Hi Francesca here. Last year I attended a Critical Issues Summit investigating the issue of water access at the Prek Toal Floating Village on the Tonle Sap River in rural Cambodia. Here it's not the lack of water, but how water access is changing due to climate change that is the crucial issue. Having experienced unreliable rainfall in Narrabri, I felt a connection to this issue.
The livelihoods of villagers rely on seasonal change for fishing and crops - wet and dry season. However, climate change is altering weather patterns, river flow and local temperatures impacting ecosystem functioning, organism health and the future of the village. With this rapid change, the community is no longer able to rely on the river for income and are forced to adapt, however are restricted by poverty and a lack of access to affordable services - including electricity.
Alongside climate change we also identified another major factor influencing this continuous downward spiral - Water Hyacinth. Water Hyacinth is an aquatic noxious weed which can alter water chemistry through absorbing essential nutrients reducing biodiversity, decreasing oxygen through decomposition of organic matter and slow water flow increasing siltation. This has direct social impacts including fishing difficulty impacting income, vector disease risks and blocked waterways impacting transport as boats are the only form of transportation.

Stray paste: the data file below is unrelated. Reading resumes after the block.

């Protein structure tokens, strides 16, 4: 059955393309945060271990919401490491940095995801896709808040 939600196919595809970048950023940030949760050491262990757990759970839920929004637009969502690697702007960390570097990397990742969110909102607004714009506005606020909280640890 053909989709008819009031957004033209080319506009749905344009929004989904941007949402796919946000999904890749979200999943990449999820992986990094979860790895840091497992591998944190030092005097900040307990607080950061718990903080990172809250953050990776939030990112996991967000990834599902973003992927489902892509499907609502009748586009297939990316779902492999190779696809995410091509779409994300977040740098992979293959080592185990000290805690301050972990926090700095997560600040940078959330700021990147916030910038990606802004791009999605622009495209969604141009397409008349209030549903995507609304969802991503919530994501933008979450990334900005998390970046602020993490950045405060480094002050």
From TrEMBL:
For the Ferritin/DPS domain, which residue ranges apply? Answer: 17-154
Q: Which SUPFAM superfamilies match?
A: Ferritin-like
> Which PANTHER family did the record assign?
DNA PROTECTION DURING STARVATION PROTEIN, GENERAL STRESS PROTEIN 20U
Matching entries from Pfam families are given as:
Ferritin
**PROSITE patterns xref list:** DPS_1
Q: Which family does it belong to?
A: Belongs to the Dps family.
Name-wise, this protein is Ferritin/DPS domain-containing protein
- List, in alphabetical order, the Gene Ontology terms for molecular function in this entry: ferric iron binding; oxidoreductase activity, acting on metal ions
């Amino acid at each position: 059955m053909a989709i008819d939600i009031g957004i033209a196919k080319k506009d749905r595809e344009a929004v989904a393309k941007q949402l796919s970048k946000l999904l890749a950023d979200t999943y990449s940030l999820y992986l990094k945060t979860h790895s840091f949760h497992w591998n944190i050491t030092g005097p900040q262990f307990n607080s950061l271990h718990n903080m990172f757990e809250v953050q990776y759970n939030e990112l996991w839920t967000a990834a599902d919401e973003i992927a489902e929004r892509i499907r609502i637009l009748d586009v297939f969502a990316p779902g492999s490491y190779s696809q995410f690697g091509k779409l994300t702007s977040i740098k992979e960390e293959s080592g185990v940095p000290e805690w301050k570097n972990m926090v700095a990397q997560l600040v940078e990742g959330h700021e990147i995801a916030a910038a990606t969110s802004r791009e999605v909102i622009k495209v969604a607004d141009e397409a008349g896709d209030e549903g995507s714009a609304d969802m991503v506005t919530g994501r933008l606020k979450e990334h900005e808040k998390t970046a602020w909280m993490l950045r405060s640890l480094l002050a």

One afternoon I was standing on top of our boat watching the sunset with my friend discussing possible solutions when she randomly yelled “BIODIGESTER!’ Biodigesters create biofuel through anaerobic digestion of organic matter (water hyacinth) with the aid of microorganisms. Along with a free clean biofuel for cooking gas and electricity (which is four times as expensive as the nearest regional center), a nutrient rich fertilizer is produced as a by-product which can be used for crop fertiliser. Utilising Water Hyacinth will increase biodiversity, control weed population, educate villagers, produce free zero carbon energy and gas, ease transportation and provide employment while also supporting the local Non-Governmental Organisation, Osmose, who provides employment, environmental education, training and ecotourism.
Along with 6 other students from 4 countries we pitched our social impact project, Tonle Clean, to a panel of judges and project impact assessors and WON $5000 USD!!! Only after six months we successfully installed our first biodigester and platform at Osmose’s community kitchen.
In the near future, Geni.Energy will also utilise bioenergy technologies - Geni.Bio which will provide electricity generation to the VPP! Bio energy is a great long-term solution to create renewable energy whilst utilising resources such as agricultural wastes and is practical in various environments and situations. A further benefit from bioenergy is its ability to instantly provide energy to the system, providing stability services to the grid.
Keep up-to-date as a Geni.Mate to hear more as Geni.Bio is rolled out.